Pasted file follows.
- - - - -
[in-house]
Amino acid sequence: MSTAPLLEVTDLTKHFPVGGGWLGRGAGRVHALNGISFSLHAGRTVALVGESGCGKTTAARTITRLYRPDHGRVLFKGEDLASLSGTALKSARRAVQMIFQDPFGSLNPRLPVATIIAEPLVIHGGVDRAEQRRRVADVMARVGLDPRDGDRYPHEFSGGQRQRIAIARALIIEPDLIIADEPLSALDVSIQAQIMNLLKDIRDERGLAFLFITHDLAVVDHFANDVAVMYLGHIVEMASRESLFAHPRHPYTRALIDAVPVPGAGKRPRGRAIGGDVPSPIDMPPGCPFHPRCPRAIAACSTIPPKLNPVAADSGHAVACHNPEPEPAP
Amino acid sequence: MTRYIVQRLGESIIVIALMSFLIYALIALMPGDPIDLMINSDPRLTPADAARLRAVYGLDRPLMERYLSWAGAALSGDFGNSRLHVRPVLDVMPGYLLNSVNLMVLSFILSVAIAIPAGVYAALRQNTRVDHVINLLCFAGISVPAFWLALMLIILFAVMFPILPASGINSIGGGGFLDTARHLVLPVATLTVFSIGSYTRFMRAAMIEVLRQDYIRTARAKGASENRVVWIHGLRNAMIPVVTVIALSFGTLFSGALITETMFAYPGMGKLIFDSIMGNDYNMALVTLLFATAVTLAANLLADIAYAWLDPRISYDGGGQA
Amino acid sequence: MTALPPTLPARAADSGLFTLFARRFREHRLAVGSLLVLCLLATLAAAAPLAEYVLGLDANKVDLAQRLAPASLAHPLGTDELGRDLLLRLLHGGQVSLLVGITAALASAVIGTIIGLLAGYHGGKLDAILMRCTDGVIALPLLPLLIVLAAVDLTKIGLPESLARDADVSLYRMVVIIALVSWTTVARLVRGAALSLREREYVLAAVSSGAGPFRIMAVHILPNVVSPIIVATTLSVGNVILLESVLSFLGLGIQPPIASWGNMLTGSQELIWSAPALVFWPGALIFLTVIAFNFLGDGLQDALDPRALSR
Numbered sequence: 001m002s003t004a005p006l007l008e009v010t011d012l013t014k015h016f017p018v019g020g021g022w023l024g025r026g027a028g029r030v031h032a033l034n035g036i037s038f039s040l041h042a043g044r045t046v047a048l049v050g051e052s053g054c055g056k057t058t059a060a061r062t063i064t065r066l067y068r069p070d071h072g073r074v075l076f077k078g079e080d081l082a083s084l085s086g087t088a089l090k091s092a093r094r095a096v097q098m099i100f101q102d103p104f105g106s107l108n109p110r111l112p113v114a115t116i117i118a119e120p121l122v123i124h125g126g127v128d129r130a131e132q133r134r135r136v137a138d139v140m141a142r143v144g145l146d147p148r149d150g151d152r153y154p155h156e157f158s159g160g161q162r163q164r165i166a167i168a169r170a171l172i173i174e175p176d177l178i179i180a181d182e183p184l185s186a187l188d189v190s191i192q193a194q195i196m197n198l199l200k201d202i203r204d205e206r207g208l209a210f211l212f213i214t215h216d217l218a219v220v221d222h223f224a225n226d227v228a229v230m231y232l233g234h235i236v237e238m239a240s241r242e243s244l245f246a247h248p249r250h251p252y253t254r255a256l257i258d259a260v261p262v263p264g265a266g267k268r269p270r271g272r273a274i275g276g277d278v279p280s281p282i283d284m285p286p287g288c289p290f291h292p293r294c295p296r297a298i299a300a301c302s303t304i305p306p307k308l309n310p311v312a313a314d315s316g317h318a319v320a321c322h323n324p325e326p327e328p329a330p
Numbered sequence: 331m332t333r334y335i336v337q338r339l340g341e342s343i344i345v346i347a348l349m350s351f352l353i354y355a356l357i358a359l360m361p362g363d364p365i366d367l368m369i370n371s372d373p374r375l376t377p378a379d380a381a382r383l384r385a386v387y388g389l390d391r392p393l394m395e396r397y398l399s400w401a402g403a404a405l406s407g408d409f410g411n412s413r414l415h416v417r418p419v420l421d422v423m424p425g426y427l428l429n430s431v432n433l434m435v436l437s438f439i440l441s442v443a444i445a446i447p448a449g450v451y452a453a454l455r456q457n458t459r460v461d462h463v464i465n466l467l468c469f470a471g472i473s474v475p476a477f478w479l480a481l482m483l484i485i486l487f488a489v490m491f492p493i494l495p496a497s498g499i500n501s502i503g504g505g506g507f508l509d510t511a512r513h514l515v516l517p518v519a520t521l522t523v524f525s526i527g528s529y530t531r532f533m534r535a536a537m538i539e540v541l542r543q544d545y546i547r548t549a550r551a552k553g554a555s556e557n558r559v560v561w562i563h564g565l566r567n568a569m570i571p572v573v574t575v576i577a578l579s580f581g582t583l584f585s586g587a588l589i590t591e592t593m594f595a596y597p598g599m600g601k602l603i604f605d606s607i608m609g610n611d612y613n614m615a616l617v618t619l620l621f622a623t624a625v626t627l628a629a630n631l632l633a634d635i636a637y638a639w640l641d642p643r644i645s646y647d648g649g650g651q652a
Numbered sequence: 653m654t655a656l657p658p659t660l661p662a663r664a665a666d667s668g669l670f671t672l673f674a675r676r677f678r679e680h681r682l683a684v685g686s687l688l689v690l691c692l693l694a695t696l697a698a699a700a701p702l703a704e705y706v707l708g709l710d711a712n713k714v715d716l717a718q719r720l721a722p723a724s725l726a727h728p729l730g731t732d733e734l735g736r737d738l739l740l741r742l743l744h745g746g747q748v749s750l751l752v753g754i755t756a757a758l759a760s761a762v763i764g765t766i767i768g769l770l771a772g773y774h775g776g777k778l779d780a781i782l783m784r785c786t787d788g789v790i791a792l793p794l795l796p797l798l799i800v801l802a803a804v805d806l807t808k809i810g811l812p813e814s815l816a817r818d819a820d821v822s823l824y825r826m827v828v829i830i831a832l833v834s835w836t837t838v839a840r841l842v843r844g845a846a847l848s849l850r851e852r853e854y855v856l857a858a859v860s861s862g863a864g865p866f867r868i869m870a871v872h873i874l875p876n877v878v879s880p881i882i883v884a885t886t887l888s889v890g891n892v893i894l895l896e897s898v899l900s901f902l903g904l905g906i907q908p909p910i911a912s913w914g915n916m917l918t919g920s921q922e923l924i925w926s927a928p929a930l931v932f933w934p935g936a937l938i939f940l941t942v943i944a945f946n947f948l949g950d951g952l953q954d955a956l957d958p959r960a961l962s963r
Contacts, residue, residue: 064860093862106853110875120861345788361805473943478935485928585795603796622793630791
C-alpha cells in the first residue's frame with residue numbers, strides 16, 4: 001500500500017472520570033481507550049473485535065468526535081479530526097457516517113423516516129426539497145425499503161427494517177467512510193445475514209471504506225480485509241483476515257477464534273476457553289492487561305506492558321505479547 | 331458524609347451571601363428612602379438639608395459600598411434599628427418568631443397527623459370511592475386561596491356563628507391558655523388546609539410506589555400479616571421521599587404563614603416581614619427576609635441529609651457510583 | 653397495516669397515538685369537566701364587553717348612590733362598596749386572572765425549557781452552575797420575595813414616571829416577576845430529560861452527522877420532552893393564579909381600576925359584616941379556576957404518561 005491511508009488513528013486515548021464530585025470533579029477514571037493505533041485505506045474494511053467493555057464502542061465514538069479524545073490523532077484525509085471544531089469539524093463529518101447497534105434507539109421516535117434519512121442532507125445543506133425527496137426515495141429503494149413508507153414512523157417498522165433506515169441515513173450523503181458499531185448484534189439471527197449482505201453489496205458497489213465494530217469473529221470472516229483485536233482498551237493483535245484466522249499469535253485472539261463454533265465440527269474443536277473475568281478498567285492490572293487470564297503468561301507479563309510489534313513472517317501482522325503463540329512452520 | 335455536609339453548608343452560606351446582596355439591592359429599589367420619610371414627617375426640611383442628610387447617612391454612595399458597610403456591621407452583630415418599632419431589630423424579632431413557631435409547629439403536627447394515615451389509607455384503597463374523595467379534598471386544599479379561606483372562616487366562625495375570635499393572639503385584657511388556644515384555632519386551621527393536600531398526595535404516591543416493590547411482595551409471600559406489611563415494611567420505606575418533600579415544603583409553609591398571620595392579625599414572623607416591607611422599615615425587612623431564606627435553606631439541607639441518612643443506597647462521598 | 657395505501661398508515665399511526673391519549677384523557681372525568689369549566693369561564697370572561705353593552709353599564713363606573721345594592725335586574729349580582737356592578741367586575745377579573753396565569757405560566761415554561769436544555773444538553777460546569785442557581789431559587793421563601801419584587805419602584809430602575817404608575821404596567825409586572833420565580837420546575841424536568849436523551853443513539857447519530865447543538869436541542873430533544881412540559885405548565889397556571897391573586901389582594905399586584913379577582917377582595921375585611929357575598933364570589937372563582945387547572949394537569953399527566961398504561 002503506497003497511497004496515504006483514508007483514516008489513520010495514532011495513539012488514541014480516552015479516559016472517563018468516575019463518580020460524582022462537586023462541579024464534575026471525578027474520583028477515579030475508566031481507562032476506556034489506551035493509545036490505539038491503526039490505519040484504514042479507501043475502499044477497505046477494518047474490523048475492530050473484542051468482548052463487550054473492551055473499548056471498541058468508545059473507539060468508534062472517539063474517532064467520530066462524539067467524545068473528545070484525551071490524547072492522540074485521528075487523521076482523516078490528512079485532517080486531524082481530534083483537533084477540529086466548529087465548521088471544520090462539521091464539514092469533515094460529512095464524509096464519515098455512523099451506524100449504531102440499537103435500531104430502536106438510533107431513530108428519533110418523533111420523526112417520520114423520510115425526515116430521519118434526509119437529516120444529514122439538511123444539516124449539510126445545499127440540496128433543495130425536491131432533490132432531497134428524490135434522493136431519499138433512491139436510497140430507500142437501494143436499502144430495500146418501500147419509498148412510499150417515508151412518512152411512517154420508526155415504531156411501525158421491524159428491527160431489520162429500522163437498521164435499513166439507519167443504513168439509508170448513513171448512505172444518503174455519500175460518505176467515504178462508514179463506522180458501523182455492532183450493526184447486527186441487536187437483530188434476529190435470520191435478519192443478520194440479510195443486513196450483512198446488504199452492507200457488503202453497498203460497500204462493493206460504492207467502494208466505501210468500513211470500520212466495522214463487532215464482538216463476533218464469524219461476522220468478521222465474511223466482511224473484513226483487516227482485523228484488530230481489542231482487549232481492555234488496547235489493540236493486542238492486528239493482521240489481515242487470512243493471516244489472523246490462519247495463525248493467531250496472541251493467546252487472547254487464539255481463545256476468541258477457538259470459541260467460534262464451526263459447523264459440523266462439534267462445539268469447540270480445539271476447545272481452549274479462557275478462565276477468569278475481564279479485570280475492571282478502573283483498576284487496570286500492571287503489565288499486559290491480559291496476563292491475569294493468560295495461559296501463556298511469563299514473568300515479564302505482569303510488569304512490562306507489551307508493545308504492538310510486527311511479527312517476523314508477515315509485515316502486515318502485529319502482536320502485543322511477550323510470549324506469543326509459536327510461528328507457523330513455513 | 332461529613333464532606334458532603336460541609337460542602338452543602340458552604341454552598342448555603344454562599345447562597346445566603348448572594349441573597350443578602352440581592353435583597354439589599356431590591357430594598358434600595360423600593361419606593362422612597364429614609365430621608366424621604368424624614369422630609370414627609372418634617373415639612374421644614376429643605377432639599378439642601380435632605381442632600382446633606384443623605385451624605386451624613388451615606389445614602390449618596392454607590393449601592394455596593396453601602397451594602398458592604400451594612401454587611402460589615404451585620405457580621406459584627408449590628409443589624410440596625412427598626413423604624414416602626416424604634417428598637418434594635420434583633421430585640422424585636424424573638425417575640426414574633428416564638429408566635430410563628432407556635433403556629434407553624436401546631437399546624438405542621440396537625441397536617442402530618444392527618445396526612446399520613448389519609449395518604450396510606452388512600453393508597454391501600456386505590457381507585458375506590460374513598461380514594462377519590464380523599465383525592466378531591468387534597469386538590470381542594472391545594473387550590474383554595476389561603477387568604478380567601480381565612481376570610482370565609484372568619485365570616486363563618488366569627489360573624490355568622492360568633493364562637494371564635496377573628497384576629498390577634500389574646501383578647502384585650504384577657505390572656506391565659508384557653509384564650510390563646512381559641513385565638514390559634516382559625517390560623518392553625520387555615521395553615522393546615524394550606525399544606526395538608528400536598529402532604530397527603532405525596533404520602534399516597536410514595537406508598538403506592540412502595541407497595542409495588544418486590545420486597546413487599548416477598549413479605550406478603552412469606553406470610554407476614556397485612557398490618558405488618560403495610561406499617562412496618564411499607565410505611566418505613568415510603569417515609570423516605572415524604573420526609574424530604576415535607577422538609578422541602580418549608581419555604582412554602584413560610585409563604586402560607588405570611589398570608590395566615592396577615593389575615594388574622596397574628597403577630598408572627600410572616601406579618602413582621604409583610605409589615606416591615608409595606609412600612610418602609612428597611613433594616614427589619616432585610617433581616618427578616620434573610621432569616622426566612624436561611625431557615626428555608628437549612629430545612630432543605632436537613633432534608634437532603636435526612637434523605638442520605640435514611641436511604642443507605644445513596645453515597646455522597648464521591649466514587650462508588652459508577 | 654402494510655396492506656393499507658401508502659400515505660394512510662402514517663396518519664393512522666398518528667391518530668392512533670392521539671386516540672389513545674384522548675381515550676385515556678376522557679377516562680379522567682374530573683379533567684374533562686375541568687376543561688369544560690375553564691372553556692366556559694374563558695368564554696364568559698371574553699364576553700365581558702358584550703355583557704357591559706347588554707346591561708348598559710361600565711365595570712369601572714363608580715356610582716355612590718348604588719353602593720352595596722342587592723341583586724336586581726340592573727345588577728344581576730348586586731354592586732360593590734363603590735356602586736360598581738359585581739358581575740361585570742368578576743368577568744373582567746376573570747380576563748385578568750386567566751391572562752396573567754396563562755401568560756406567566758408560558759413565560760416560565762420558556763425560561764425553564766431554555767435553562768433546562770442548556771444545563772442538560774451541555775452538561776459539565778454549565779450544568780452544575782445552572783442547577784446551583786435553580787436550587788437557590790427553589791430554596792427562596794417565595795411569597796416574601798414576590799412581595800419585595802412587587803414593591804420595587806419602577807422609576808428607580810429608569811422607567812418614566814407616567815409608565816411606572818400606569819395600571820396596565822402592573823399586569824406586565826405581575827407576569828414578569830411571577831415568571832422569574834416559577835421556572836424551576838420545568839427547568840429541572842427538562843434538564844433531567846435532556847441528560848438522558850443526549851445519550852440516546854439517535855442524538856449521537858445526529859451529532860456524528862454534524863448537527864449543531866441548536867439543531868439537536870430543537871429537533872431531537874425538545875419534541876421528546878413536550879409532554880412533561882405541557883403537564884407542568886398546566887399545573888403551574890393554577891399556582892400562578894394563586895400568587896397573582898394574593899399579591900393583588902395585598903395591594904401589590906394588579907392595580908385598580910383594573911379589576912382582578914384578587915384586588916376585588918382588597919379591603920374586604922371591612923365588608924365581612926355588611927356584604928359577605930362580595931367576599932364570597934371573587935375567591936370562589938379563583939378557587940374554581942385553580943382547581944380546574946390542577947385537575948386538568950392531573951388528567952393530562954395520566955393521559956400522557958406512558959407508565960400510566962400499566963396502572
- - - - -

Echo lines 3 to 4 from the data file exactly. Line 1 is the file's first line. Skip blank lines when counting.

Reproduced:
Amino acid sequence: MTRYIVQRLGESIIVIALMSFLIYALIALMPGDPIDLMINSDPRLTPADAARLRAVYGLDRPLMERYLSWAGAALSGDFGNSRLHVRPVLDVMPGYLLNSVNLMVLSFILSVAIAIPAGVYAALRQNTRVDHVINLLCFAGISVPAFWLALMLIILFAVMFPILPASGINSIGGGGFLDTARHLVLPVATLTVFSIGSYTRFMRAAMIEVLRQDYIRTARAKGASENRVVWIHGLRNAMIPVVTVIALSFGTLFSGALITETMFAYPGMGKLIFDSIMGNDYNMALVTLLFATAVTLAANLLADIAYAWLDPRISYDGGGQA
Amino acid sequence: MTALPPTLPARAADSGLFTLFARRFREHRLAVGSLLVLCLLATLAAAAPLAEYVLGLDANKVDLAQRLAPASLAHPLGTDELGRDLLLRLLHGGQVSLLVGITAALASAVIGTIIGLLAGYHGGKLDAILMRCTDGVIALPLLPLLIVLAAVDLTKIGLPESLARDADVSLYRMVVIIALVSWTTVARLVRGAALSLREREYVLAAVSSGAGPFRIMAVHILPNVVSPIIVATTLSVGNVILLESVLSFLGLGIQPPIASWGNMLTGSQELIWSAPALVFWPGALIFLTVIAFNFLGDGLQDALDPRALSR